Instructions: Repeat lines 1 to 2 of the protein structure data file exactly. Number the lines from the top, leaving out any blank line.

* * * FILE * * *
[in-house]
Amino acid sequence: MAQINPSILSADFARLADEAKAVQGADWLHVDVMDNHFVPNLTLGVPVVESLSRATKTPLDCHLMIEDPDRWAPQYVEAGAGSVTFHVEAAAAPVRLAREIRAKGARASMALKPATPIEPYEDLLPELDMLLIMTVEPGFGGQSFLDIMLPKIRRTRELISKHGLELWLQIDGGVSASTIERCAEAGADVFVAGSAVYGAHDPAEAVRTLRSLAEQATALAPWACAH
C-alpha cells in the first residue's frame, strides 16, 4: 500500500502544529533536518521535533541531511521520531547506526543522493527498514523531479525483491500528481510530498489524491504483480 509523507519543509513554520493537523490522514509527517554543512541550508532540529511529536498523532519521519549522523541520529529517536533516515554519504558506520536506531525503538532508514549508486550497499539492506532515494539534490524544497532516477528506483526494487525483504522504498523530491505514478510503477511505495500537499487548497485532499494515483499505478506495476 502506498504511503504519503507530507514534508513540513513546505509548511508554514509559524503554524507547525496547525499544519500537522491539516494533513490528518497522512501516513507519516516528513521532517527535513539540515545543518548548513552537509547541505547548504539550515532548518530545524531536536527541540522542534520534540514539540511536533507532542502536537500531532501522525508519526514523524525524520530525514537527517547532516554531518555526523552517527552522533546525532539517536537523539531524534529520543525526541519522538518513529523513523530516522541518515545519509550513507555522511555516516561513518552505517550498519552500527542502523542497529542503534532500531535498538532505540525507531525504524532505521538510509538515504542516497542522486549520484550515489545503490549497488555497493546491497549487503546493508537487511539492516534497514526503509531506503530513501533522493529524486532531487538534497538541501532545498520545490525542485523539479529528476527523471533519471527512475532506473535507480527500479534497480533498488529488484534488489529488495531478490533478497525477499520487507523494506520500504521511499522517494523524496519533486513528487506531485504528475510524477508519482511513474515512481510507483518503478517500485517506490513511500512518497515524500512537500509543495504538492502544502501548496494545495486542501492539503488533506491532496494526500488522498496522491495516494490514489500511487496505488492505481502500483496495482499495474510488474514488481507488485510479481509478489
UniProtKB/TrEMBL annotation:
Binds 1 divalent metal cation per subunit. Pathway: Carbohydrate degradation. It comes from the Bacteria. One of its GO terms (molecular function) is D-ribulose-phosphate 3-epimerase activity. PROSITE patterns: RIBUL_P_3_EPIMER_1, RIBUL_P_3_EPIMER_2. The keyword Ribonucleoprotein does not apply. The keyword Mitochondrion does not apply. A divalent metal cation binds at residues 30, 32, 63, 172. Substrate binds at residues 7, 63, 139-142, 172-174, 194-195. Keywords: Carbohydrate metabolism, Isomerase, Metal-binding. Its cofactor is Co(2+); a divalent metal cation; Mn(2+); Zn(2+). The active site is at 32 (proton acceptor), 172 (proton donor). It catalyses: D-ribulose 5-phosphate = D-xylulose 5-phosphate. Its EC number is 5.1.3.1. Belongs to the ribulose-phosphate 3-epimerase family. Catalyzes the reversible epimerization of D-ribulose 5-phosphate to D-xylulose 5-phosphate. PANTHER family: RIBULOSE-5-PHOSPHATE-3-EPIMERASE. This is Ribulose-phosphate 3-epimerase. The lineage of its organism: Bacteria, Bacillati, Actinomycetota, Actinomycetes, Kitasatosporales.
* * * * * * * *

[in-house]
Amino acid sequence: MAQINPSILSADFARLADEAKAVQGADWLHVDVMDNHFVPNLTLGVPVVESLSRATKTPLDCHLMIEDPDRWAPQYVEAGAGSVTFHVEAAAAPVRLAREIRAKGARASMALKPATPIEPYEDLLPELDMLLIMTVEPGFGGQSFLDIMLPKIRRTRELISKHGLELWLQIDGGVSASTIERCAEAGADVFVAGSAVYGAHDPAEAVRTLRSLAEQATALAPWACAH